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The Woman Whose Invention Helped Win a War — and Still Baffles Weathermen

Her work long overlooked, physicist Joan Curran developed technology to conceal aircraft from radar during World War II.

Smithsonian Magazine

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A B-52 Stratofortress drops flares during a U.S. Air Force firepower demonstration at the Nevada Test and Training Range on Sept. 14, 2007. Photo by Ethan Miller / Getty Images.

On June 4, 2013, the city of Huntsville, Alabama was enjoying a gorgeous day. Blue skies, mild temperatures. Just what the forecasters had predicted.

But in the post-lunch hours, meteorologists started picking up what seemed to be a rogue thunderstorm on the weather radar. The “blob,” as they referred to it, mushroomed on the radar screen. By 4 PM, it covered the entire city of Huntsville. Strangely, however, the actual view out of peoples’ windows remained a calm azure.

The source of the blob turned out to be not a freak weather front, but rather a cloud of radar chaff, a military technology used by nations all across the globe today. Its source was the nearby Redstone Arsenal, which, it seems, had decided that a warm summer’s day would be perfect for a completely routine military test.

More surprising than the effect that radar chaff has on modern weather systems, though, is the fact that its inventor’s life’s work was obscured by the haze of a male-centric scientific community’s outdated traditions.

The inventor of radar chaff was a woman named Joan Curran.

Born Joan Strothers and raised in Swansea on the coast of Wales, she matriculated at the University of Cambridge’s Newnham College in 1934. Strothers studied physics on a full scholarship and enjoyed rowing in her spare time. Upon finishing her degree requirements in 1938, she went to the University’s preeminent Cavendish Laboratory to begin a doctorate in physics.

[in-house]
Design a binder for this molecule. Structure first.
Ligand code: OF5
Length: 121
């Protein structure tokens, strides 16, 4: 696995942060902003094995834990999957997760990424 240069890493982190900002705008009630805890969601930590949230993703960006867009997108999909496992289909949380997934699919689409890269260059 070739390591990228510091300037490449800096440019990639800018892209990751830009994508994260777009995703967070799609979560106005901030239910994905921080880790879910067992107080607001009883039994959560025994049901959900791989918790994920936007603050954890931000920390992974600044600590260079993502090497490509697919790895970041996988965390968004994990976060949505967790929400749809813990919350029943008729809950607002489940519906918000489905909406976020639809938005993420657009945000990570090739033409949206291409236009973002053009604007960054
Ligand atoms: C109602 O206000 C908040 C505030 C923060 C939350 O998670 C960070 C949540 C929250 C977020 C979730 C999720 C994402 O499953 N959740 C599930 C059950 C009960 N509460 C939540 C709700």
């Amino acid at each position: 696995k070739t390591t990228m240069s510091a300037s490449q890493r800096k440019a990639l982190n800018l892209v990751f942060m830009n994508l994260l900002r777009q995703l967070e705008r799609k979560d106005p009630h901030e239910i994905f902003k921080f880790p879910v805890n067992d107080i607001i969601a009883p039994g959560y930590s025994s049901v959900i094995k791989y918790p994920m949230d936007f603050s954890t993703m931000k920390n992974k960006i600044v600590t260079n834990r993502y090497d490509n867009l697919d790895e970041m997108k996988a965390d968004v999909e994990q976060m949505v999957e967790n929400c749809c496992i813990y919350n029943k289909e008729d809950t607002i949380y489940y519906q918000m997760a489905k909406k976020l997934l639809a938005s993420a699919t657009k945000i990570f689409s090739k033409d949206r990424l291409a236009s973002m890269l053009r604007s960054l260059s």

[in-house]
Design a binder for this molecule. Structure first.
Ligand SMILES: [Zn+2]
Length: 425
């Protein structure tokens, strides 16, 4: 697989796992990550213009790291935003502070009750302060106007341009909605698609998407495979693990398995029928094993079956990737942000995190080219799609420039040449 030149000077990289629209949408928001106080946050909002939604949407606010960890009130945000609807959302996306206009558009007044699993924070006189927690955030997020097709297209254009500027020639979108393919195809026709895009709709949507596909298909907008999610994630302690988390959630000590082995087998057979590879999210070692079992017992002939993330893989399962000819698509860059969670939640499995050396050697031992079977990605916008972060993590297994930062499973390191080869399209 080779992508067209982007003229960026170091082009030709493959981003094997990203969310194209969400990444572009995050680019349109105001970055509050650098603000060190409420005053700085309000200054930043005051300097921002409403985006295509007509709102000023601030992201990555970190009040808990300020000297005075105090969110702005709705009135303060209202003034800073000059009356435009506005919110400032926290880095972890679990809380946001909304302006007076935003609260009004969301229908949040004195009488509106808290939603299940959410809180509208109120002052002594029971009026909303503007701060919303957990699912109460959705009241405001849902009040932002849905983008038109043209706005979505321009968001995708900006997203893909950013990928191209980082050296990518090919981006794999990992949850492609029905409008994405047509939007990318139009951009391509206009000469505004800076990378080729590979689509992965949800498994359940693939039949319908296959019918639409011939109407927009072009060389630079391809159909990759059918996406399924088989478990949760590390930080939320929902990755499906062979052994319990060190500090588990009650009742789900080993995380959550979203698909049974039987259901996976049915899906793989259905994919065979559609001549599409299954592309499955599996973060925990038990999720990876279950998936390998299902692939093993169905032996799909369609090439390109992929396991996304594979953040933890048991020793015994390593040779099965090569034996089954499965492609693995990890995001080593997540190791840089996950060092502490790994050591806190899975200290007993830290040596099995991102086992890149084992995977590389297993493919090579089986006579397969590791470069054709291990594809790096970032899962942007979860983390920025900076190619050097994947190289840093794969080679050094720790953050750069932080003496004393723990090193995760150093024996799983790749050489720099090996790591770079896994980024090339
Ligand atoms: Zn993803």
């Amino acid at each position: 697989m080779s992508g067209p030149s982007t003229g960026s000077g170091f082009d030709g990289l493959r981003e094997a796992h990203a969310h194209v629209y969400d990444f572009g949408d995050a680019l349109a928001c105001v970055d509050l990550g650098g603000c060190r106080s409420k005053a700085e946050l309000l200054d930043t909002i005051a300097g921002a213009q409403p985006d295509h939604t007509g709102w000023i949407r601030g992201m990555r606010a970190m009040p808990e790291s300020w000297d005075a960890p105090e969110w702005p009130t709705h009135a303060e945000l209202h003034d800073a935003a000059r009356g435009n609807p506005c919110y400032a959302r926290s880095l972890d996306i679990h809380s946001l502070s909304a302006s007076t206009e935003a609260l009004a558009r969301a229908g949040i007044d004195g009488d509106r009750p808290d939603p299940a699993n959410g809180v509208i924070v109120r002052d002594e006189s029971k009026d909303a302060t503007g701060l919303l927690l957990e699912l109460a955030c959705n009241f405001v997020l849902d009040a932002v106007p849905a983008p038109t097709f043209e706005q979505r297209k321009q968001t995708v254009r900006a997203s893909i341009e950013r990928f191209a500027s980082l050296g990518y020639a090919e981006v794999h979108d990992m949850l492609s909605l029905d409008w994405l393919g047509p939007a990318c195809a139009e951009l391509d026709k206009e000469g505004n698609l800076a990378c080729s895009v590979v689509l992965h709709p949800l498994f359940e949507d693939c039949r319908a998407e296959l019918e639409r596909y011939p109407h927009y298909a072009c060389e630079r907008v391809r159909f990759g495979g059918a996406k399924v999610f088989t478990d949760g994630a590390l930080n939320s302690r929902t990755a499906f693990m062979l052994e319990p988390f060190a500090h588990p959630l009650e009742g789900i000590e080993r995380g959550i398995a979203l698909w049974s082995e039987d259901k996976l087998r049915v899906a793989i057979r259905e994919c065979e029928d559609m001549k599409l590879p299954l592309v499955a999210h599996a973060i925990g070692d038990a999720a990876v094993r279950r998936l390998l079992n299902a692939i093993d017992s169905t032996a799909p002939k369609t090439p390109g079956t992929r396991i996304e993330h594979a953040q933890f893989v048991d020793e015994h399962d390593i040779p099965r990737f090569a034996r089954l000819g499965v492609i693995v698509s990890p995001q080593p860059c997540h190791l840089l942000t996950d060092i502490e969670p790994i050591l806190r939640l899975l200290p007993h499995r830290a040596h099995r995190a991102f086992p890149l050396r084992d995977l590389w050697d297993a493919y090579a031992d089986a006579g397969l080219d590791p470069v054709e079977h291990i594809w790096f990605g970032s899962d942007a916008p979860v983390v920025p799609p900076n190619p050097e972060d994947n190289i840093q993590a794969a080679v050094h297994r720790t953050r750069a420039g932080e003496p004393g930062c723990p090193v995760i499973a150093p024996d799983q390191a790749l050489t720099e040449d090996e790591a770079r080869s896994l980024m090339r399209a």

At the Cavendish, Strothers was assigned to work with a young man named Samuel Curran. For two years, Strothers got along swimmingly with her new lab partner. But with international conflict brewing in Europe, in 1940 the pair was transferred twice to work on military research, and ended up at Exeter.

There, the two developed proximity fuses to destroy enemy planes and rockets. There also, Strothers married Sam and took on his last name, becoming Joan Curran. Shortly after their wedding in November, the Currans transferred to the Telecommunications Research Establishment (TRE) in the autumn of 1940. Curran joined a team led by British physicist and scientific military intelligence expert R.V. Jones that was developing a method to conceal aircraft from enemy radar detection.

The idea, Jones later explained in his book Most Secret War, was simple. Radar detectors measure the reflection of radio waves of a certain wavelength off of incoming objects. As it turns out, thin metal strips can resonate with incoming waves, and also re-radiate the waves. Under the right conditions, the re-radiated waves create the sonic impression of a large object when in reality, there is none—hence, the blob in Alabama.

This property means that a few hundred thin reflectors could, together, reflect as much energy as a heavy British bomber plane would. A collection of strips might conceal the exact location of an aircraft during a raid behind a large cloud of signal, or even lead the enemy to believe they were observing a major attack when in reality, there was only one or two planes.

By the time Pearl Harbor was attacked in 1941, Curran was nearly a year into painstaking experiments on using metals to reflect radar signals. She had tried a seemingly countless number of sizes and shapes, from singular wires to metal leaflets the size of notebook paper. The leaflets had been a particularly interesting idea, since they could do double-duty as propaganda sheets with text printed on them.

In 1942, Curran finally settled on reflectors that were about 25 centimeters long and 1.5 centimeters wide. The reflectors were aluminized paper strips bundled into one-pound packets and intended to be thrown out of the leading aircraft. When defenestrated from a stream of bombers once every minute, they could produce “the radar equivalent of a smokescreen,” according to Jones.